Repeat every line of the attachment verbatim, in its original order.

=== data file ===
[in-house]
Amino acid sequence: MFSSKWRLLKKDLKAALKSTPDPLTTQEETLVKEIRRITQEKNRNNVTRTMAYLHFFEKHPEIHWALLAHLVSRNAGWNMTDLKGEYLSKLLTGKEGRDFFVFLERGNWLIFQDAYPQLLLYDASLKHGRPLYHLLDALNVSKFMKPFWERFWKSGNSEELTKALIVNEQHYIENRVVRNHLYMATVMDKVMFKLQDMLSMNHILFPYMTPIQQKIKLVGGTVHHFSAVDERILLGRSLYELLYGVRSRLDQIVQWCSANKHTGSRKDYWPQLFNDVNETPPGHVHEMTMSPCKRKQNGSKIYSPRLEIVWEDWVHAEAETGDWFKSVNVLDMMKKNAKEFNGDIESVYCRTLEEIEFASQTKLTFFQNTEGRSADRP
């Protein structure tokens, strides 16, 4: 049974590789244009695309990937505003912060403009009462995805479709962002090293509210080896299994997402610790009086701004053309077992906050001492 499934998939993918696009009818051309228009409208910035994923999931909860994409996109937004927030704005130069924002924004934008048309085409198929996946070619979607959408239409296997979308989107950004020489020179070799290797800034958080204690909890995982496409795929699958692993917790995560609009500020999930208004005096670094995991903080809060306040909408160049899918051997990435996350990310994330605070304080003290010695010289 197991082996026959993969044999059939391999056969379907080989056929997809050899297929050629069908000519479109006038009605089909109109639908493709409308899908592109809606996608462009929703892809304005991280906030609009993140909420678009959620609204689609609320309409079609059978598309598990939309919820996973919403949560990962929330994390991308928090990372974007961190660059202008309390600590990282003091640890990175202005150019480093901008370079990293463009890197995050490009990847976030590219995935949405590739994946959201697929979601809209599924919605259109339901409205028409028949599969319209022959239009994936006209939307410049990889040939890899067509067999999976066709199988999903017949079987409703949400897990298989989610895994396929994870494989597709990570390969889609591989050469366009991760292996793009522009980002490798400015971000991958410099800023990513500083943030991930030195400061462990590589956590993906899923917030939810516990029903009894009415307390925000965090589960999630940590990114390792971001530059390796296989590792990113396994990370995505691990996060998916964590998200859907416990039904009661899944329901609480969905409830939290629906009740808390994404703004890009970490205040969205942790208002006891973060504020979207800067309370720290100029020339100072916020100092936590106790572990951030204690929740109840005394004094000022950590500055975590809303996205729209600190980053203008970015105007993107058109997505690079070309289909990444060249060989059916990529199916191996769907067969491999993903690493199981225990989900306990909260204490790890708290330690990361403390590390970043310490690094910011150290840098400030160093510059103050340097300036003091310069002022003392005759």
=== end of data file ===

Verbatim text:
[in-house]
Amino acid sequence: MFSSKWRLLKKDLKAALKSTPDPLTTQEETLVKEIRRITQEKNRNNVTRTMAYLHFFEKHPEIHWALLAHLVSRNAGWNMTDLKGEYLSKLLTGKEGRDFFVFLERGNWLIFQDAYPQLLLYDASLKHGRPLYHLLDALNVSKFMKPFWERFWKSGNSEELTKALIVNEQHYIENRVVRNHLYMATVMDKVMFKLQDMLSMNHILFPYMTPIQQKIKLVGGTVHHFSAVDERILLGRSLYELLYGVRSRLDQIVQWCSANKHTGSRKDYWPQLFNDVNETPPGHVHEMTMSPCKRKQNGSKIYSPRLEIVWEDWVHAEAETGDWFKSVNVLDMMKKNAKEFNGDIESVYCRTLEEIEFASQTKLTFFQNTEGRSADRP
């Protein structure tokens, strides 16, 4: 049974590789244009695309990937505003912060403009009462995805479709962002090293509210080896299994997402610790009086701004053309077992906050001492 499934998939993918696009009818051309228009409208910035994923999931909860994409996109937004927030704005130069924002924004934008048309085409198929996946070619979607959408239409296997979308989107950004020489020179070799290797800034958080204690909890995982496409795929699958692993917790995560609009500020999930208004005096670094995991903080809060306040909408160049899918051997990435996350990310994330605070304080003290010695010289 197991082996026959993969044999059939391999056969379907080989056929997809050899297929050629069908000519479109006038009605089909109109639908493709409308899908592109809606996608462009929703892809304005991280906030609009993140909420678009959620609204689609609320309409079609059978598309598990939309919820996973919403949560990962929330994390991308928090990372974007961190660059202008309390600590990282003091640890990175202005150019480093901008370079990293463009890197995050490009990847976030590219995935949405590739994946959201697929979601809209599924919605259109339901409205028409028949599969319209022959239009994936006209939307410049990889040939890899067509067999999976066709199988999903017949079987409703949400897990298989989610895994396929994870494989597709990570390969889609591989050469366009991760292996793009522009980002490798400015971000991958410099800023990513500083943030991930030195400061462990590589956590993906899923917030939810516990029903009894009415307390925000965090589960999630940590990114390792971001530059390796296989590792990113396994990370995505691990996060998916964590998200859907416990039904009661899944329901609480969905409830939290629906009740808390994404703004890009970490205040969205942790208002006891973060504020979207800067309370720290100029020339100072916020100092936590106790572990951030204690929740109840005394004094000022950590500055975590809303996205729209600190980053203008970015105007993107058109997505690079070309289909990444060249060989059916990529199916191996769907067969491999993903690493199981225990989900306990909260204490790890708290330690990361403390590390970043310490690094910011150290840098400030160093510059103050340097300036003091310069002022003392005759």